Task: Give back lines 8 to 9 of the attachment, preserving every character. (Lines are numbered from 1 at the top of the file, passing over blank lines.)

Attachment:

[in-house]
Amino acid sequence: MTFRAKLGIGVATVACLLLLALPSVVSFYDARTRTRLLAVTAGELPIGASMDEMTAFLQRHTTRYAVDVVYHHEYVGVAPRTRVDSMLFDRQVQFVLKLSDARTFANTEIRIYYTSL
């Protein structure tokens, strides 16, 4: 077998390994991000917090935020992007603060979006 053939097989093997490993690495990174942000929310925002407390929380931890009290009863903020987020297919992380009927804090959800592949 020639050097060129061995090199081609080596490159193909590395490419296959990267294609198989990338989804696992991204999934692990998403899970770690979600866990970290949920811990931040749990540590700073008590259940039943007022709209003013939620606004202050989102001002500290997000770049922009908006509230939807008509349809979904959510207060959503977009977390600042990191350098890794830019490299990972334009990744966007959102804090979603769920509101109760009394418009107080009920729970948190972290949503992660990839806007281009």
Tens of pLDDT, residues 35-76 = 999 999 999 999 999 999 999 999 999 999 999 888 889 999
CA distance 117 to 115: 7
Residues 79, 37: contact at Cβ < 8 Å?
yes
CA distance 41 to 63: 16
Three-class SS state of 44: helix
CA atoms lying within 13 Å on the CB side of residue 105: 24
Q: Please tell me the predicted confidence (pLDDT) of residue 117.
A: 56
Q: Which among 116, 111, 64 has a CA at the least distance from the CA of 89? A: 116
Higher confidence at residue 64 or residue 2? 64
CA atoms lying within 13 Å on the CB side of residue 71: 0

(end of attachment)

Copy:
CA distance 41 to 63: 16
Three-class SS state of 44: helix